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The Tablehopper

An address you’ll want to remember: 1760 Polk

The place for a midweek break

After pestering co-owner Giancarlo Paterlini of Acquerello for weeks about gossip surrounding a second project, I can finally release the details. The Acquerello team (co-owners Giancarlo Paterlini and Suzette Gresham and wine director Gianpaolo Paterlini, Giancarlo’s son) is opening 1760 (1760 Polk Street), a more casual concept in the former Parrilla Bar and Grill space. Similar to what Quince did opening Cotogna — 1760 will be the place you can swing by for a midweek dinner and a drink, while Acquerello is designated more for special occasions.

The team has hired executive chef Adam Tortosa from Los Angeles. His background includes a four-year apprenticeship under master sushi chef Katsu-ya Uechi, and eventually becoming chef of Kiwami, Katsu-ya’s signature restaurant. Most recently, Tortosa worked for chef Michael Voltaggio at Ink. So, yes, at 1760 you can expect some stunningly sourced seafood, but the concept is Italian-inspired California cuisine.

Acquerello has been open for 23 years, with legions of committed regulars (and big fans, which I definitely am), so it will be exciting to see where son Gianpaolo takes this next iteration of the family business, considering he practically grew up in the restaurant. While the tablecloths may disappear, his service standards will assuredly remain high. Gianpaolo’s wine list will be notable, with 250 labels (European and domestic, not just Italian), and there will also be a full bar (stand by for who will be in charge). It’s a huge corner space. John Wheatman — who was behind the 2010 design refresh for Acquerello — will design the new space of 60 seats plus bar seating and a communal table. A late April opening is targeted.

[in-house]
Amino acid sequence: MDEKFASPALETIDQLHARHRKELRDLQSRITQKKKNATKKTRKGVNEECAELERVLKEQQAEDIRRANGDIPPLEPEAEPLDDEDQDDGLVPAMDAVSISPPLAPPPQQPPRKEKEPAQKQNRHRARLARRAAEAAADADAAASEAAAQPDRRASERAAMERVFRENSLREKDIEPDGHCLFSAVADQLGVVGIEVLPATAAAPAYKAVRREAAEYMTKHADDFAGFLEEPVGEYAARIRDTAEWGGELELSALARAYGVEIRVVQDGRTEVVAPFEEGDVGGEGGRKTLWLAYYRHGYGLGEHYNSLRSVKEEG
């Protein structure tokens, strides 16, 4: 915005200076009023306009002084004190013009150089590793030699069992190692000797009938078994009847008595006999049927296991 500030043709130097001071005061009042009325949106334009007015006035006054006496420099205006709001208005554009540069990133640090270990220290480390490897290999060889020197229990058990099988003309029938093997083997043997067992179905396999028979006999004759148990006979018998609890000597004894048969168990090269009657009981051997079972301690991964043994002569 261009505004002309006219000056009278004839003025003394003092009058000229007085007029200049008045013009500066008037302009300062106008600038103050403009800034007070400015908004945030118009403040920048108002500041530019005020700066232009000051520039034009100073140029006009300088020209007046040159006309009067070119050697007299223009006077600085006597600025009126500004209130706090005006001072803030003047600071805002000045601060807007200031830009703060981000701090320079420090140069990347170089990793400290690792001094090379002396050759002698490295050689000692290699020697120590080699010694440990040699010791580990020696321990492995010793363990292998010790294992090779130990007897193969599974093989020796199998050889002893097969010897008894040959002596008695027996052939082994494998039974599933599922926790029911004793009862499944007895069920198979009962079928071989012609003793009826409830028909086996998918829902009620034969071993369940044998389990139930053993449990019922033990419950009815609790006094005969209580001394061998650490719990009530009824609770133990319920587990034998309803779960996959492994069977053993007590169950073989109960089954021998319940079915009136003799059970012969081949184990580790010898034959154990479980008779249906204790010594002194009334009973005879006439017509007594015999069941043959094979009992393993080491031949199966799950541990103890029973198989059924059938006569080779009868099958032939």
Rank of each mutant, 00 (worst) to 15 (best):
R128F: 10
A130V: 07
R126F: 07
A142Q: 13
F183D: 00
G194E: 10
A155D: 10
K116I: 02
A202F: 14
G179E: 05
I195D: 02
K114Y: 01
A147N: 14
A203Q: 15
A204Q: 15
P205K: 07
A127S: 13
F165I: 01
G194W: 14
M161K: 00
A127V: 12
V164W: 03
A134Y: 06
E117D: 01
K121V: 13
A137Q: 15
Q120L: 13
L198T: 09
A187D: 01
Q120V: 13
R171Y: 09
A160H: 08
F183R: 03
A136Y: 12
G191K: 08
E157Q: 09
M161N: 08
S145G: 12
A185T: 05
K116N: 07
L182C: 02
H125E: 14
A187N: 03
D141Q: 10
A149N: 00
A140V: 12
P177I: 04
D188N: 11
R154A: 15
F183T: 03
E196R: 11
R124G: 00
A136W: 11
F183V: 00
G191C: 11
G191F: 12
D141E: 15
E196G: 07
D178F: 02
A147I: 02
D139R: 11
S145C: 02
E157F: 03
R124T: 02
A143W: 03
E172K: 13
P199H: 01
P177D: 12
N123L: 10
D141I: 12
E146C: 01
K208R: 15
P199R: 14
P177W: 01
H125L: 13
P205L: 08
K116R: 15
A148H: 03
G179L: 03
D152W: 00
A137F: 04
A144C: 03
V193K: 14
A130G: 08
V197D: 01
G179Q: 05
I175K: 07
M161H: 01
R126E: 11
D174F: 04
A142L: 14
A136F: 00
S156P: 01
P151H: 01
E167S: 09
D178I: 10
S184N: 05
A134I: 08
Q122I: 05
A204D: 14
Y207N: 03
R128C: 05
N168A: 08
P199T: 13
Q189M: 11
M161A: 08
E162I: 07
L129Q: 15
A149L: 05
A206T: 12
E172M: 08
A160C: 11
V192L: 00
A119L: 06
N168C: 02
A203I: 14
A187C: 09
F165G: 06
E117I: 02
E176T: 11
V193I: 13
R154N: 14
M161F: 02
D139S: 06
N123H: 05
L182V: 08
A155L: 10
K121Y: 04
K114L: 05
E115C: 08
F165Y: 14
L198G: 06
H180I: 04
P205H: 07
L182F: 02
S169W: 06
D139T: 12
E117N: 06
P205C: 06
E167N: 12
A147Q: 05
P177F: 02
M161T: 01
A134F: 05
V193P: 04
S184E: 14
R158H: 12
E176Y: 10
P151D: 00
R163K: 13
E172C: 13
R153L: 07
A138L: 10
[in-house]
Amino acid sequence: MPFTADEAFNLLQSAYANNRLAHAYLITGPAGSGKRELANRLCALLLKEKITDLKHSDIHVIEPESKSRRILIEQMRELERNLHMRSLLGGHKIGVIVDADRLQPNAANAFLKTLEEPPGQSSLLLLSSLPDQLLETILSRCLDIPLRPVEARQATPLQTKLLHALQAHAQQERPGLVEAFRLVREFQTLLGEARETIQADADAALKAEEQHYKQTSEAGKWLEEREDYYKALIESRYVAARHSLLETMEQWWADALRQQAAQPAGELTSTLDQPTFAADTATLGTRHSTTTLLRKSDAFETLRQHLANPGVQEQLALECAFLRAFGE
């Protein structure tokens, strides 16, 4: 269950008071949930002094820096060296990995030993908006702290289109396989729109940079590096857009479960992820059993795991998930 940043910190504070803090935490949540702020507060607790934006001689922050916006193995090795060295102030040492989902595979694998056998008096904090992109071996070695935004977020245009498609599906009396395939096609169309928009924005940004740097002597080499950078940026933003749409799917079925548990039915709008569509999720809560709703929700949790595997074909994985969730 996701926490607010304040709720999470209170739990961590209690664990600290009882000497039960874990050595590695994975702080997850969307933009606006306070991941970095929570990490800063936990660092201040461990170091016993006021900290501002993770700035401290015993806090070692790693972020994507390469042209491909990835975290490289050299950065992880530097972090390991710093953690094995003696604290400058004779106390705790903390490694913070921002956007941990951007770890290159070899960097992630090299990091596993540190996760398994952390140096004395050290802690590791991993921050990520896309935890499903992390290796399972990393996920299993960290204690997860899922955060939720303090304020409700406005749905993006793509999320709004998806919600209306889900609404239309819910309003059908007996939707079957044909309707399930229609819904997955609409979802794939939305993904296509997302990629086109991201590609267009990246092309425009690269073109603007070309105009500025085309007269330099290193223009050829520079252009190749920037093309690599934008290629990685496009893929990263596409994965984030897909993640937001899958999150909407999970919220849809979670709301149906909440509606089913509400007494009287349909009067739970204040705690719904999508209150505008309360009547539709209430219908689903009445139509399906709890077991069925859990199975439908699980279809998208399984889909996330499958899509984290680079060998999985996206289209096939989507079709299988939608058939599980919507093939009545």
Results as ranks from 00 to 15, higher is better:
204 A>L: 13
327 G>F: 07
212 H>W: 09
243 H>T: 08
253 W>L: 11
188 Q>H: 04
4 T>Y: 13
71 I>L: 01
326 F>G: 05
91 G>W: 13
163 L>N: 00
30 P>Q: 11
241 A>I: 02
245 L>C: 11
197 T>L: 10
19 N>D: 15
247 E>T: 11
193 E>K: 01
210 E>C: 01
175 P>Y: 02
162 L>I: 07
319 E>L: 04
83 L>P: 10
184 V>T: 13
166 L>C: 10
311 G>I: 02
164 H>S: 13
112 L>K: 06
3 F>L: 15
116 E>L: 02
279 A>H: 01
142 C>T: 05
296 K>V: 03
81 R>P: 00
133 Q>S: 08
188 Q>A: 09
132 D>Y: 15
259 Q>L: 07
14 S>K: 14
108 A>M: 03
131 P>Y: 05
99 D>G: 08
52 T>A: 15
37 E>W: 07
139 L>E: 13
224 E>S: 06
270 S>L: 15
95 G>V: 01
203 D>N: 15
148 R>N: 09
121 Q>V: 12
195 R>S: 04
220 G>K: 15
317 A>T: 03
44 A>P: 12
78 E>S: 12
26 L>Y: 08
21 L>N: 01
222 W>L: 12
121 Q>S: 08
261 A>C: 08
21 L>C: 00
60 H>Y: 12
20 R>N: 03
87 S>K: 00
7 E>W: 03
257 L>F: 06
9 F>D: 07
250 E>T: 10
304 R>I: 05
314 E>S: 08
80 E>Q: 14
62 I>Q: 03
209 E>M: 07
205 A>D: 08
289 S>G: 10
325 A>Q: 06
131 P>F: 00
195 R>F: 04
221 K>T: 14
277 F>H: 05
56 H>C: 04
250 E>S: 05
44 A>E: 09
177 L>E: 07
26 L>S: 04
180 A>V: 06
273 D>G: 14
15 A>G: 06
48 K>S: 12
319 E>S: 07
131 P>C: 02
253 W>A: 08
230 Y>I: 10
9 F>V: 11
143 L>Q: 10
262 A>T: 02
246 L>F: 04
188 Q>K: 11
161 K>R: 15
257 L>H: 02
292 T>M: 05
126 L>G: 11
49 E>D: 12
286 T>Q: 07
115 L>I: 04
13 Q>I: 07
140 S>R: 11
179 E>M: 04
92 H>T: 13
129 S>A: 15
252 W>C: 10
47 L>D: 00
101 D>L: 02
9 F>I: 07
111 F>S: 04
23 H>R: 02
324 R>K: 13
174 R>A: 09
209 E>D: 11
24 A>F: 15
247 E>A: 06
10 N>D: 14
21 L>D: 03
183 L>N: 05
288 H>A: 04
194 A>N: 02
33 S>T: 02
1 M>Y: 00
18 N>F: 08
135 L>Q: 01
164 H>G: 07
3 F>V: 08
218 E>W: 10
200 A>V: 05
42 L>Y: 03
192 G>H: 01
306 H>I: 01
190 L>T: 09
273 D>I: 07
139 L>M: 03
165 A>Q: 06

Time to meet the latest waistline challenge: b. Patisserie (2821 California Street), a fabulous new addition to our city’s exploding bakery/pastry scene. The project is from Belinda Leong (Gary Danko, Manresa and numerous places in Europe), who, after holding a series of successful pop-ups, partnered with Michel Suas, founder of the San Francisco Baking Institute and Thorough Bread Bakery.

The previous Crepe & Coffee location on California Street is now such a looker — through the sunny yellow door is a curving custom-made marble pastry counter constructed by AMC Innovation in Paris. It’s capable of running different temperatures along the same level, and it’s the only pastry case of its kind in the United States. The open kitchen has gleaming, custom, floor-to-ceiling refrigerator and freezer units. In the back of the room, there is a dedicated space to make open-face tartines, like a version of flammekueche with fromage blanc, caramelized and pickled onions, bacon, and Gruyère, and another with broccoli rabe, smoked mozzarella, and tomato sauce.

The pastries are modern French in style, ranging from a lemon tart to an elegant vanilla cake with cassis to the oh-so-pretty Grande Macaron cake with rose pastry cream, plus an extraordinary chocolate caramel toffee mousse.

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Marcia Gagliardi writes a popular weekly e-column about dining in S.F. (subscribe for free at tablehopper.com) and has a book, The Tablehopper's Guide to Dining and Drinking in San Francisco. E-mail hot tips to marcia@marinatimes.com.